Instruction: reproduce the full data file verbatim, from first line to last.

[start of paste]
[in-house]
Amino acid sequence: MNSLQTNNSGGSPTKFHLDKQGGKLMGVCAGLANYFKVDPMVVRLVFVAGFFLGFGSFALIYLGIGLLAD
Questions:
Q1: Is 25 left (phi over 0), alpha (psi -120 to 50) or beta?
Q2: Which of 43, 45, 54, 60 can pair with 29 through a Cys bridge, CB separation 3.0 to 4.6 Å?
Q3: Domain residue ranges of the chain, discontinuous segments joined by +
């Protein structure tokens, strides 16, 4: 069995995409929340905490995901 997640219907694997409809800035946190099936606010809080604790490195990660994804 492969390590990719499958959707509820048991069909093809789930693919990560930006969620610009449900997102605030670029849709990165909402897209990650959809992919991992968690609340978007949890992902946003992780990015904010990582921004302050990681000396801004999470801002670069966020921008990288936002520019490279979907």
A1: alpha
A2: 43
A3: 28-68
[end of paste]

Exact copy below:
[in-house]
Amino acid sequence: MNSLQTNNSGGSPTKFHLDKQGGKLMGVCAGLANYFKVDPMVVRLVFVAGFFLGFGSFALIYLGIGLLAD
Questions:
Q1: Is 25 left (phi over 0), alpha (psi -120 to 50) or beta?
Q2: Which of 43, 45, 54, 60 can pair with 29 through a Cys bridge, CB separation 3.0 to 4.6 Å?
Q3: Domain residue ranges of the chain, discontinuous segments joined by +
């Protein structure tokens, strides 16, 4: 069995995409929340905490995901 997640219907694997409809800035946190099936606010809080604790490195990660994804 492969390590990719499958959707509820048991069909093809789930693919990560930006969620610009449900997102605030670029849709990165909402897209990650959809992919991992968690609340978007949890992902946003992780990015904010990582921004302050990681000396801004999470801002670069966020921008990288936002520019490279979907």
A1: alpha
A2: 43
A3: 28-68